Growing up with a teacher in her home, Bobbi Jo Kenyon, ’02 had no
illusions about the dedication it took to be successful in the
education profession. Her father was a teacher for 37 years, so she
understood it required commitment, long hours, and hard work to make
an impact on students. While the idea of extra work outside the
classroom without pay might sway certain young girls from pursuing a
career in education, it only made Kenyon want more. It was her
early-seeded passion that led her to earn the 2012-2013 Michigan
Teacher of the Year award.
Despite recommendations to study medicine or engineering because of her impressive grades in high school, Kenyon knew her gift was in teaching. After graduating from Central Michigan University with a degree in science and secondary education, she couldn’t wait to start her career. After a short stint as a substitute teacher, Kenyon was hired in as a full-time teacher for Grand Rapids Public Schools. After a transfer bumped her from Creston to Ottawa Hills High School, she planted her roots and has been growing her dedication to inner city education.
When she decided to pursue her Master’s degree, Grand Valley State University was the natural choice. The variety of classes allowed her to focus on specific interests that would benefit her and her students. An unexpected perk that she came to appreciate was the brainstorming and networking she could do with fellow teachers.
“I believe the only way to strengthen and improve the teaching profession is by working as a community of teachers who are always looking for ways to reach more students and improve achievement, and Grand Valley promotes this,” she said.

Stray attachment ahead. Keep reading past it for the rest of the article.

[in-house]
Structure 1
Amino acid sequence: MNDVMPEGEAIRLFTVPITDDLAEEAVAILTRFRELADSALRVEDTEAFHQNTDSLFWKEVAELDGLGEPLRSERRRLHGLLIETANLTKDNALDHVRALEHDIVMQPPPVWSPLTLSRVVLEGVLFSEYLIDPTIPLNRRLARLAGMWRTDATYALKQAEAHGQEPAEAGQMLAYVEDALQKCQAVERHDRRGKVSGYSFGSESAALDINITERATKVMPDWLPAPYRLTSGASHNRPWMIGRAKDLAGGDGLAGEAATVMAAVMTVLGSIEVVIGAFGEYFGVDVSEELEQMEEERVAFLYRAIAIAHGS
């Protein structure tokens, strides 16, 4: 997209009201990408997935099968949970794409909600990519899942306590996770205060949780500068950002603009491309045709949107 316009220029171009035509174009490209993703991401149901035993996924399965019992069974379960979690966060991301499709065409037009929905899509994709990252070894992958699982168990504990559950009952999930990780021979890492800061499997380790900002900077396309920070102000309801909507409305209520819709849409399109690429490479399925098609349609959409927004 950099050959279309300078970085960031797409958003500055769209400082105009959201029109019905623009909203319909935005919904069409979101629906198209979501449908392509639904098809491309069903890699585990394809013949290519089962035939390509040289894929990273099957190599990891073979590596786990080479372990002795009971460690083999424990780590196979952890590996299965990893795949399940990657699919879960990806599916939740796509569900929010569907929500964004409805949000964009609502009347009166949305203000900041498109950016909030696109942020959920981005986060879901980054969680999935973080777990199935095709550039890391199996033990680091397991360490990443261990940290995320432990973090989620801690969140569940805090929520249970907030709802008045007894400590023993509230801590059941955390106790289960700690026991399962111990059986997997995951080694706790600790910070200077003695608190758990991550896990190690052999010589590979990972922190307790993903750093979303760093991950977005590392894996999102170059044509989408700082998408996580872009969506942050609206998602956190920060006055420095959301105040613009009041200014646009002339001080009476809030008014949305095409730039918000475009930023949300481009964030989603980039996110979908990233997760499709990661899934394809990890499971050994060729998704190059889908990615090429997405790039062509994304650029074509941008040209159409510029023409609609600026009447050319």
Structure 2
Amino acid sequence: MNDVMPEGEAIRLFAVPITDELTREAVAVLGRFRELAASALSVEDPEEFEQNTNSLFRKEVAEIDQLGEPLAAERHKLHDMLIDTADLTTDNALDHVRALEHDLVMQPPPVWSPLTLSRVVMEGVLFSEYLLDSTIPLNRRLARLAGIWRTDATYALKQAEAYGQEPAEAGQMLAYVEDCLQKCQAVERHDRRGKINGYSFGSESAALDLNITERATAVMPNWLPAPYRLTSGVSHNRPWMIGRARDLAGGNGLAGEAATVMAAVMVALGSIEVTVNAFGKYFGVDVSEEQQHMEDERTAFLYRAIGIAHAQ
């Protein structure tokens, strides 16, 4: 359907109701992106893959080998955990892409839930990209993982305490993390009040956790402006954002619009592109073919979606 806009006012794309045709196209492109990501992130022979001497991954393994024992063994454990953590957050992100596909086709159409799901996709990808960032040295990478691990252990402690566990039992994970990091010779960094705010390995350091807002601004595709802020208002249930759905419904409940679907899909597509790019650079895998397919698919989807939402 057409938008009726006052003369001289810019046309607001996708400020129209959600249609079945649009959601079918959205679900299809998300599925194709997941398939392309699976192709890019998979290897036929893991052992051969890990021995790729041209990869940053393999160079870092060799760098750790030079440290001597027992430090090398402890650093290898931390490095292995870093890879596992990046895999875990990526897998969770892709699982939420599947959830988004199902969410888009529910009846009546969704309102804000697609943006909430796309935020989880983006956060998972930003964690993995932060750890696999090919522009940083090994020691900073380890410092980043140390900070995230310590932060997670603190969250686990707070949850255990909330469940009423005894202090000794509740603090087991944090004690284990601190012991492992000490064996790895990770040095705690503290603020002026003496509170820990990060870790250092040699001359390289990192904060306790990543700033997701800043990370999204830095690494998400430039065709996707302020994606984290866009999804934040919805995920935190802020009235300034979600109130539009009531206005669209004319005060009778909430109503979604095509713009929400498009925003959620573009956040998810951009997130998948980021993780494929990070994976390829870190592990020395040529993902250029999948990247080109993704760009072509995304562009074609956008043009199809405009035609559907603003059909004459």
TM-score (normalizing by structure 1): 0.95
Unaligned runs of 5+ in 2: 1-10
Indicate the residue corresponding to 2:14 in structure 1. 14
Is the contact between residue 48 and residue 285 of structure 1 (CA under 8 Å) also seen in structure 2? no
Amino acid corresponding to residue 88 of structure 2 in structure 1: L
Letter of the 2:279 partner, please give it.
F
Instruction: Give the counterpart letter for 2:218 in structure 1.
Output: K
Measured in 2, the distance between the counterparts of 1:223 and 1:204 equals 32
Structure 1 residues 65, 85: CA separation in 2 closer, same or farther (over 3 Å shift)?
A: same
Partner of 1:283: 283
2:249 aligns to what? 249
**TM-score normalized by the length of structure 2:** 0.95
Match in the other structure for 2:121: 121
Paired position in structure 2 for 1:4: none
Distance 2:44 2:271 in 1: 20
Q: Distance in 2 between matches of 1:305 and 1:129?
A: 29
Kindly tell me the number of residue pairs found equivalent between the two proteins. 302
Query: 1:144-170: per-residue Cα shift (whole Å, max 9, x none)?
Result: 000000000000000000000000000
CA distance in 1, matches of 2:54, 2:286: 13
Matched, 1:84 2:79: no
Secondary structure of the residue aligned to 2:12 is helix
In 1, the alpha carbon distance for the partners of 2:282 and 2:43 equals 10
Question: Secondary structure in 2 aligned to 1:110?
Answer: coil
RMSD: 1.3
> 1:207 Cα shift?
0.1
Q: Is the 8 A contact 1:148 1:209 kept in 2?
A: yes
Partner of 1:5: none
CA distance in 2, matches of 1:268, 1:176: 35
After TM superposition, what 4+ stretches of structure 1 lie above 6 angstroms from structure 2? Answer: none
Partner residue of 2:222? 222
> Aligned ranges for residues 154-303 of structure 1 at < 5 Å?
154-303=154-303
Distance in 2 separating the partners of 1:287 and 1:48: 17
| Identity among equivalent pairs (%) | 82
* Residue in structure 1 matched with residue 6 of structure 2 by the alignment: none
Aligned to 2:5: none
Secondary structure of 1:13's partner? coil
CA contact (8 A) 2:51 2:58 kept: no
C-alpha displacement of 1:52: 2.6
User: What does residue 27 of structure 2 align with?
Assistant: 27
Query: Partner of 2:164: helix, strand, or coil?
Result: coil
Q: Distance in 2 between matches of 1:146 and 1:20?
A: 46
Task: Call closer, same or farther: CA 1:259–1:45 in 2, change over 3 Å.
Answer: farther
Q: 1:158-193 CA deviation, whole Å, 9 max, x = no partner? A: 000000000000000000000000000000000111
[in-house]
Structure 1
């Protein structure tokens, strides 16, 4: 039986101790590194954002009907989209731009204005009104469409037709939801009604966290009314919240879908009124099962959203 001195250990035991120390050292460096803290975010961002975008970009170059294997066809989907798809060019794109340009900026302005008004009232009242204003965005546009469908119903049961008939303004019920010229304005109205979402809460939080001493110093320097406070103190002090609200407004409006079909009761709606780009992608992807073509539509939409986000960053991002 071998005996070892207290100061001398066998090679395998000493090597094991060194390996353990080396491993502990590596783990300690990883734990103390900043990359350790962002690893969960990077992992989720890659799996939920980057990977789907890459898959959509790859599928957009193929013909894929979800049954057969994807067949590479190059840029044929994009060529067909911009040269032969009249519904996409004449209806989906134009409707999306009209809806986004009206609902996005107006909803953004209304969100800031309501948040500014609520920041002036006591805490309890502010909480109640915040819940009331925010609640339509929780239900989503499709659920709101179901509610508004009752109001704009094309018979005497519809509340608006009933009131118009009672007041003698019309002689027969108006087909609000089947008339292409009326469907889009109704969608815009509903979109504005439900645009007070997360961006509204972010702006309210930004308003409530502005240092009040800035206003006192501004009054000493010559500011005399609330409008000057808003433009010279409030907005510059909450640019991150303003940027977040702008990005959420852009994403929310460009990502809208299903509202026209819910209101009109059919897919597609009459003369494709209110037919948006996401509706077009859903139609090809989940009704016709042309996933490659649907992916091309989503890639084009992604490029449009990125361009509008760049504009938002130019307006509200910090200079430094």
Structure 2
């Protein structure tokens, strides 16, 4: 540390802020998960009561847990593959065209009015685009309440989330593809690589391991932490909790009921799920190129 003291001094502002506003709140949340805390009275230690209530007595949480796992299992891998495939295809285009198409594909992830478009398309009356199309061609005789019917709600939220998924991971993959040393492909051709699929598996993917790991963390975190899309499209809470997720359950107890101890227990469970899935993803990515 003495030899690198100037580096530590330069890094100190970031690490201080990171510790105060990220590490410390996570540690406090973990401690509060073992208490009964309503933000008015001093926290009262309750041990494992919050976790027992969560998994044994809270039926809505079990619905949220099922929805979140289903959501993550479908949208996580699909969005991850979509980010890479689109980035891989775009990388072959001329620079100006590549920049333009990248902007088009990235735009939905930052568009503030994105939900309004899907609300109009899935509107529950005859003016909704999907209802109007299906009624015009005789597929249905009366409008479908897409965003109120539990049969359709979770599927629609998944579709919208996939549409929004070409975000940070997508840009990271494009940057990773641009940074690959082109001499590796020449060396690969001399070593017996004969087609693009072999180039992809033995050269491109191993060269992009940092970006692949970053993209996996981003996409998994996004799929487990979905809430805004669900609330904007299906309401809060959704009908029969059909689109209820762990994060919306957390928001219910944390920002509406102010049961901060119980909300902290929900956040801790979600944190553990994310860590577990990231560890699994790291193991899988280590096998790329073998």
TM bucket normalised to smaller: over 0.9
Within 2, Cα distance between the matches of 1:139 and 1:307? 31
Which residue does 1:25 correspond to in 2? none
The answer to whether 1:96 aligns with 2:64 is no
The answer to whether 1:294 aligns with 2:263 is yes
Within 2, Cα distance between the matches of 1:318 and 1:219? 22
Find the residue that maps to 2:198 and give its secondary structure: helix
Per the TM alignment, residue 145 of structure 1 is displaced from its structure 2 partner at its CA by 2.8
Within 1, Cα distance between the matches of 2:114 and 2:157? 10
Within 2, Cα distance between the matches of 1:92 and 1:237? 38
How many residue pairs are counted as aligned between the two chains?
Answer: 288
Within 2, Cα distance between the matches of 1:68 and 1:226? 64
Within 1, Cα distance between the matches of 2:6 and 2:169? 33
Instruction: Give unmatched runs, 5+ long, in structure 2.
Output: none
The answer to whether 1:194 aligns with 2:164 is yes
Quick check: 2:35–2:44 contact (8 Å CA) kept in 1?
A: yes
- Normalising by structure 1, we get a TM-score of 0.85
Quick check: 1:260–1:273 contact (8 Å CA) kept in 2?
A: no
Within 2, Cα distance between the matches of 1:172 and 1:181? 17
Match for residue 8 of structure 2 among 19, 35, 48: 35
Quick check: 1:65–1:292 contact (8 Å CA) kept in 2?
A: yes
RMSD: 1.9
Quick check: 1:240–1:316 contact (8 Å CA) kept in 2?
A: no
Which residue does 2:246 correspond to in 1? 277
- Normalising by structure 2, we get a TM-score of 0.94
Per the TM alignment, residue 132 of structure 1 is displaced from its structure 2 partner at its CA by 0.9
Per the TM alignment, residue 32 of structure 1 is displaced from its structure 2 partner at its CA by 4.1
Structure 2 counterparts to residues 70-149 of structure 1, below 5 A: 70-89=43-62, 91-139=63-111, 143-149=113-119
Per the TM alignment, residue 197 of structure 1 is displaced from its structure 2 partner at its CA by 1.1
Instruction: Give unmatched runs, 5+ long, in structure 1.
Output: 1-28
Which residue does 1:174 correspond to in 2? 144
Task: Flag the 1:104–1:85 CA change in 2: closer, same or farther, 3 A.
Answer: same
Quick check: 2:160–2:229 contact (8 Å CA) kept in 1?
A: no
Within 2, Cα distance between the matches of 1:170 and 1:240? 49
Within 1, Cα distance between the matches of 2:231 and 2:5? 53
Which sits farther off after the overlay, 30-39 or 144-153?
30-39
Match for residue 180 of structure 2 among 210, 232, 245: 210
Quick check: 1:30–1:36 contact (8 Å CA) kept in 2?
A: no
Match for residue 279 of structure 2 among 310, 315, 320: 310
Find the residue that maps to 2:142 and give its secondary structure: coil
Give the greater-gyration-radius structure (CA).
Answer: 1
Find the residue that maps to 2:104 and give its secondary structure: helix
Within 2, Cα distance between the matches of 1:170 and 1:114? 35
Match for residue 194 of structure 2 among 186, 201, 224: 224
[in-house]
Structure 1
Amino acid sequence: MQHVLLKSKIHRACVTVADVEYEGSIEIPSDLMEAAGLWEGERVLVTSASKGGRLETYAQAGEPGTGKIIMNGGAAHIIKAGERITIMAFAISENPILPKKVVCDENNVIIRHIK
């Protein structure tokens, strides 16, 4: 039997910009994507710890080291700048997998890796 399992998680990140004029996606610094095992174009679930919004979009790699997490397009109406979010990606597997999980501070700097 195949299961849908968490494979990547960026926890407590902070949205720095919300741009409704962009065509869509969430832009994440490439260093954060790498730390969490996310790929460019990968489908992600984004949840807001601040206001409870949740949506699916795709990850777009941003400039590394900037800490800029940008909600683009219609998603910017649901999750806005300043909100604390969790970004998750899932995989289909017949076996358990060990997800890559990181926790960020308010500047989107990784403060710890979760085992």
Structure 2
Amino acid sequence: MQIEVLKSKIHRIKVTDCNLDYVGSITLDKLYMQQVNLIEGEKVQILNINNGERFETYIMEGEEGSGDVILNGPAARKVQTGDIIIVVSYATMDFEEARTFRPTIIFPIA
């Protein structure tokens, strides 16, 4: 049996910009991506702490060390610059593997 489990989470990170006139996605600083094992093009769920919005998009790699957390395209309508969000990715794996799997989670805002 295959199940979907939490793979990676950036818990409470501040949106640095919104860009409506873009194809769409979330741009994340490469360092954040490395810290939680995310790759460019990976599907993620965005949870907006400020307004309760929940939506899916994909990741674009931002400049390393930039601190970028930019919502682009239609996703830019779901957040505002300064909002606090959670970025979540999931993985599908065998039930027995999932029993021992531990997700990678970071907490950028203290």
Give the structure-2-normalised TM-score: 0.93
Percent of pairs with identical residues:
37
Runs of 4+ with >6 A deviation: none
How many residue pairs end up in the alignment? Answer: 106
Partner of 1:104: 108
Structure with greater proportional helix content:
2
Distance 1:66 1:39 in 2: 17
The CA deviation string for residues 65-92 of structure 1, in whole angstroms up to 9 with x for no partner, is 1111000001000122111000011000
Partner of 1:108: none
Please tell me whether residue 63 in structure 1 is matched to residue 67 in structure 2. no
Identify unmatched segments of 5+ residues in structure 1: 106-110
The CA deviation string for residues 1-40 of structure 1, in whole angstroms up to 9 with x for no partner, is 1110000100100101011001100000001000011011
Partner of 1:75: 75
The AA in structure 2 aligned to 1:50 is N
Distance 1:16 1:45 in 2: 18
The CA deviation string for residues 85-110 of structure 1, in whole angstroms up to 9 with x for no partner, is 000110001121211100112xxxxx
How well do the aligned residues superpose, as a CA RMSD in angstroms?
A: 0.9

Kenyon not only enjoys the challenges and rewards of teaching, she also works hard to create the very best learning environment for her students. Working with organizations such as the Michigan Fellowship of Instructional Leaders, the Positive Behavior Interventions Support Team, and leading the Ottawa Hills Instructional Leadership Team, Kenyon strives to make the biggest impact possible in the lives of her students.
“We are not ‘just teachers,’ Kenyon stressed. “We are parents, counselors, confidants, role models, and big brothers or sisters to our students. We teach not only our content, but manners, morals, people skills, and life lessons.”
To help her create this positive environment in the classroom, Kenyon uses homemade games, in-class discussion, and hands-on activities.
“Above all else, I want to make learning interesting and fun,” she said. “These activities all help me stimulate learning and engage my students.”
Now that her roots are firmly established, Kenyon’s branches are extending even further. She is currently working on a website and blog with which fellow teachers throughout Michigan can discuss new ideas that will help improve education state and nation-wide. As Michigan Teacher of the Year, Kenyon will sit on the State Board of Education as a non-voting member. She will give a voice to teachers all over the state of Michigan. In the fall, Kenyon will also visit the Whitehouse to meet the President. Follow her progress at www.bobbijokenyon.com.